Wednesday, 17 September 2014

gbgsoft and the Open Source Model

Over the span of 15 years, gbgsoft has replaced its dependence on proprietary software where ever possible. We use Libre Office, not Microsoft Office; Thunderbird, not Outlook; and Firefox, not IE. The tool kits we use to make programs are all open-source under various licenses. Most open-source these days is platform agnostic. It will run under Windows, Mac, Linux. In fact we choose our tools precisely because they will work in all three platforms.


“If I have seen a little further it is by standing on the shoulders of giants.”

-Sir Isaac Newton in a letter to Robert Hooke (Feb 5, 1676)


“Today, Newton would probably get sued for patent infringement.”

-Rick Gregory, Senior Programmer gbgsoft (Jul 15, 2006)


Why Open-Source?

For one thing it’s cheaper. That’s not to say that it’s devoid of cost. All projects encourage financial contributions and we make it a practice to support our key suppliers through regular donations. Each software project also has a community of supporters and consultants who provide support on a per hour basis. This means that high quality support is always available. And it is often these support dollars that pay for the primary development of the next generation of the software.

Each generation of open-source software follows a steady development and release plan,  publicly arrived at and adhered to. This is good news for the software’s users. Most people don’t have the time or inclination to know what the next versions are going to look like, and arbitrary changes by software producers have become the bane of most corporate IT departments. There have been upgrades of MS SQL versions that have brought entire enterprises to a screeching halt while the compatibility issues get sorted out. We work with PostgreSQL, the open-source database, and have undergone 3 major releases without incident.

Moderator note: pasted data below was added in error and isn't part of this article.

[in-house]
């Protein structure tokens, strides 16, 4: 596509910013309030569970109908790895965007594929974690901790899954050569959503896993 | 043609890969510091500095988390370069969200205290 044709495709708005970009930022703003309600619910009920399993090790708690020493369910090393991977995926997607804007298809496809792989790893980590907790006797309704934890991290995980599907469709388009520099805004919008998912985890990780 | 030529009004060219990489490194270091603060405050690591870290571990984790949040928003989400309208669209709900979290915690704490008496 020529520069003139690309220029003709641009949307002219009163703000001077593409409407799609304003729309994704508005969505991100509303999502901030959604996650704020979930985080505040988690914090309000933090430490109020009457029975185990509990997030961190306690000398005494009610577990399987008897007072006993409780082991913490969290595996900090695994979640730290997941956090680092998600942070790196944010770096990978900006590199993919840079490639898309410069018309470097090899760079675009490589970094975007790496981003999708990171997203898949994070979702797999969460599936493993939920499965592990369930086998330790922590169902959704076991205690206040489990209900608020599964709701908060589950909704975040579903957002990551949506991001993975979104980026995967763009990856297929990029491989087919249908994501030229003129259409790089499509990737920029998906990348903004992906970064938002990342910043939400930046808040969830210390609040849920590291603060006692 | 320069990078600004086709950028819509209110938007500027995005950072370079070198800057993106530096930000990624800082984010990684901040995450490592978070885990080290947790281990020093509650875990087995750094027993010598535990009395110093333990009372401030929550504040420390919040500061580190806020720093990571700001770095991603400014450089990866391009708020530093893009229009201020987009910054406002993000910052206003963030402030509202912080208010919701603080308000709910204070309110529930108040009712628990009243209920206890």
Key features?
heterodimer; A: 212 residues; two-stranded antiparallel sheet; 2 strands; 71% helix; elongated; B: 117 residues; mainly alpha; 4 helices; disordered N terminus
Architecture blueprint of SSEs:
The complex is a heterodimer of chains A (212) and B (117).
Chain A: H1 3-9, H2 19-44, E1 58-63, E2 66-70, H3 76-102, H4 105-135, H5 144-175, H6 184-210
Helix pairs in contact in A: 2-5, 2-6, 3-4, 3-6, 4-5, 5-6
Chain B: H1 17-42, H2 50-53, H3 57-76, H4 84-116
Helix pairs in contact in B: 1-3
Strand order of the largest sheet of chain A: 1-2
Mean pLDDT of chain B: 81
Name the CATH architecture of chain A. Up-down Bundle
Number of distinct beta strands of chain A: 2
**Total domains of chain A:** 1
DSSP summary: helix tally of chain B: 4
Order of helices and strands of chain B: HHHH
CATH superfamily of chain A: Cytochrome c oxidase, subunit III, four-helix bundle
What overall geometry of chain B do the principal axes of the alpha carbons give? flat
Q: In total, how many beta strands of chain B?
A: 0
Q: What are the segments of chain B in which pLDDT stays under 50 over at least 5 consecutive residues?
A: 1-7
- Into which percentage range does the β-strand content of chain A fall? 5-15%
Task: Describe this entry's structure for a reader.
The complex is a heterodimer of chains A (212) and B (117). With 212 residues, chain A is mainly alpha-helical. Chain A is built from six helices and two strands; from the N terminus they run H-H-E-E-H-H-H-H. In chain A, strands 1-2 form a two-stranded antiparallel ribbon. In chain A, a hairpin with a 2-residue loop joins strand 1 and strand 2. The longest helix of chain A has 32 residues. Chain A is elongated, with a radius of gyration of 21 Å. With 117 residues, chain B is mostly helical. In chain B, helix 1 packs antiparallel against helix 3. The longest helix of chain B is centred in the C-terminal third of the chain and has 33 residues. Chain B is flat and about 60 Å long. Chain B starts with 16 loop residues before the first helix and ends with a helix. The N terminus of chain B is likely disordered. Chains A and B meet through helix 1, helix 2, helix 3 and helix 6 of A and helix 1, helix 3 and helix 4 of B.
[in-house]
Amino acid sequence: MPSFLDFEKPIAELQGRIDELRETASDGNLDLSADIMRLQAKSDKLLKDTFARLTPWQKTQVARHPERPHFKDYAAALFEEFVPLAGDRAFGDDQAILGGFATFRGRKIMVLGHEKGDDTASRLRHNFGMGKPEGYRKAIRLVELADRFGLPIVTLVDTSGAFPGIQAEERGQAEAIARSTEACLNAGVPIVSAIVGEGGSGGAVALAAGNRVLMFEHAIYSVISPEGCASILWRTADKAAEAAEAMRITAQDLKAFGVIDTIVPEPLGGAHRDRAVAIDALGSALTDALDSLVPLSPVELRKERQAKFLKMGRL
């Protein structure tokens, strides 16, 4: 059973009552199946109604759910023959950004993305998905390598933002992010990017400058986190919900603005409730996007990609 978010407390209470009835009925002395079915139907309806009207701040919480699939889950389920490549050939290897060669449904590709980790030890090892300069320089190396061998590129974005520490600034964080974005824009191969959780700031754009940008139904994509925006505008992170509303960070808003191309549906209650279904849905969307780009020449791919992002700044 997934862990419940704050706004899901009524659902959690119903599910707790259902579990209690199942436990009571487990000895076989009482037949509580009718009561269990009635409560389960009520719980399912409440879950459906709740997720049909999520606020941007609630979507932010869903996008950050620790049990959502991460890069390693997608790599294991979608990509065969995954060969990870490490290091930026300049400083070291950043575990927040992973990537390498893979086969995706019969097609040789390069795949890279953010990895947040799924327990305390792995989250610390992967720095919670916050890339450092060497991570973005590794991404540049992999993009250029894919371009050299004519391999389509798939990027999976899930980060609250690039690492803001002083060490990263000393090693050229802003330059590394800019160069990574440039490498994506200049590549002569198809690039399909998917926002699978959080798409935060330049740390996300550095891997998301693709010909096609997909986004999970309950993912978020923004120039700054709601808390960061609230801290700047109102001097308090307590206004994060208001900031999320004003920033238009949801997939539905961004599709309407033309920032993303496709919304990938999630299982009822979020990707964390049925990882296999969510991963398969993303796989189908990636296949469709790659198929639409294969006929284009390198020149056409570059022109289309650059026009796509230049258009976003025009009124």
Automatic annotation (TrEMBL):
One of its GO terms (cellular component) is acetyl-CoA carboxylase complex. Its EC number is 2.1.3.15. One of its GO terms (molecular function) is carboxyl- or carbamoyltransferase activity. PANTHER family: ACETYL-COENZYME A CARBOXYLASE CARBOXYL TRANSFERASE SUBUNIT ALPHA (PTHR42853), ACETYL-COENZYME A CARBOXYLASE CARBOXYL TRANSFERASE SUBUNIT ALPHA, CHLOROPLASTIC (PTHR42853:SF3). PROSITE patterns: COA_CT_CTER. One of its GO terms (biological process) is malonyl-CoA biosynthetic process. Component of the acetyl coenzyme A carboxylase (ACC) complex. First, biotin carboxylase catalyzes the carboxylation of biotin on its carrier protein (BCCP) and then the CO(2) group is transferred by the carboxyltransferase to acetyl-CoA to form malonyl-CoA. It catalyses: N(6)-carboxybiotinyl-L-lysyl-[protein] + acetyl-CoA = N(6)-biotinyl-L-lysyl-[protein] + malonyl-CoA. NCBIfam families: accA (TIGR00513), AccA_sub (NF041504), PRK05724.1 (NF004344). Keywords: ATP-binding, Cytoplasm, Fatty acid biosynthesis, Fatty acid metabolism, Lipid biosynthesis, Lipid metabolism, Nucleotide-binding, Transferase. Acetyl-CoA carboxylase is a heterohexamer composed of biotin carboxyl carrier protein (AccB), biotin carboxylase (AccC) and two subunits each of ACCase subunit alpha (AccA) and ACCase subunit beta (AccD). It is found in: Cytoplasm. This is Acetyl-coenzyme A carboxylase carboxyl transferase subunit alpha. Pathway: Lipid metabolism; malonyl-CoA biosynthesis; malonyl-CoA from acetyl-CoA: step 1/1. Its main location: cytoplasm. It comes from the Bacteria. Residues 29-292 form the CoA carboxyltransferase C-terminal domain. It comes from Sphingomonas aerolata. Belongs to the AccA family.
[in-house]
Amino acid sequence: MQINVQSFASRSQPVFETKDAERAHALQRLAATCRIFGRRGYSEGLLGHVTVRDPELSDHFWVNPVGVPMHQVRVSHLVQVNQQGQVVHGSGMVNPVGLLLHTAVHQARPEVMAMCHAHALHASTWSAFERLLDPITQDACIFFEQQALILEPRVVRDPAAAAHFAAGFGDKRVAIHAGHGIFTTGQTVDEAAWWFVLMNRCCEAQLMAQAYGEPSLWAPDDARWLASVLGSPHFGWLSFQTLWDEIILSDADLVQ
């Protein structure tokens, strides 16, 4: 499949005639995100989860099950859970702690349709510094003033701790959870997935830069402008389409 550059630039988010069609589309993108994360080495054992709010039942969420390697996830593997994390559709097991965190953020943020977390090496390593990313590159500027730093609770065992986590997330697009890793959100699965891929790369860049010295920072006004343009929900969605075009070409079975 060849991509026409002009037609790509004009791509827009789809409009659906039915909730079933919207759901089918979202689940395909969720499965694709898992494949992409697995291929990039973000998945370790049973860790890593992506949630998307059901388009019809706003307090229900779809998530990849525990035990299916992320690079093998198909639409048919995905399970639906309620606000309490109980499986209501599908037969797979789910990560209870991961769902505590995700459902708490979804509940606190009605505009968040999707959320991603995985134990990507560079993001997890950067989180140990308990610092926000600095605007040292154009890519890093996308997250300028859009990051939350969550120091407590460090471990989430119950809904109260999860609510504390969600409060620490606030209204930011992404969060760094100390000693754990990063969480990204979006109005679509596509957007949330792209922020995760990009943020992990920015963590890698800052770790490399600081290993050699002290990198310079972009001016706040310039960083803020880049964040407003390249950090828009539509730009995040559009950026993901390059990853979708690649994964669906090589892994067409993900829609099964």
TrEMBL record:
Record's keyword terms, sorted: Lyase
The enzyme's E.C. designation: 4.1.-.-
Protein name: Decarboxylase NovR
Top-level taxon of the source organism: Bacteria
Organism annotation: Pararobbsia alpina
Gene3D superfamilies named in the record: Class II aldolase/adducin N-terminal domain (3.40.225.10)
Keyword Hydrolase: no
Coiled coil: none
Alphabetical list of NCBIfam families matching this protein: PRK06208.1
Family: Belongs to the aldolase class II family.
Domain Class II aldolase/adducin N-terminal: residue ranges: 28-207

Open-source software is higher quality. While proprietary software may gain a temporary advantage by having the “hot new” feature, it has a poor record in terms of security, preservation of privacy, and the fixing of known bugs. In the open-source world there is an overall transparency and visibility in code that proprietary companies lack. As the aphorism goes, “given enough eyeballs, all bugs are shallow.” A phrase the open-source community has wholeheartedly adopted.

Open-source is trustworthy. We now know that Microsoft delayed fixing bugs and broke its own encryption schemes, all in the service of making it easier for the government to spy on its citizens. Not only would no open-source project ever do this, but given that the software’s code is out there for all to inspect, any such activity would be exposed in an instant. It turns out that transparency is our best guarantee of privacy. A US Supreme Court judge famously wrote “Sunlight is the best disinfectant.”

Open-source gives you choice. Can you name two closed-source Office Suites? Most people can’t. In the open-source world there’s Libre Office, Open Office, KOffice and Calligra Office, to name a few. Most of these are multi-platformed. Closed-source likes to dominate the market, saturating it with a single product,  limiting your choice, and stopping you from getting the tools you really need.

In the end, open-source encompasses a different algorithm for paying smart people to create interesting software that users actually need. This pushes forward innovation, reliability and quality for both the programmer and the user. IBM, the world’s oldest and perhaps most respected computer company, supports several open-source projects with commitments running to the tens of millions of dollars annually. They see these open-source projects as intimately tied up with and integral to their own success. Projects large and small are all being supported by individuals, organizations and companies whose economic interests have aligned in often synergistic ways with the open-source community. And unlike the closed-sourced world where marketing and distribution issues dominate the agenda, all this open-source money goes directly to the funding of developers and development.

Open-source means better software.

Written by: Rick Gregory and Andrew Gregory

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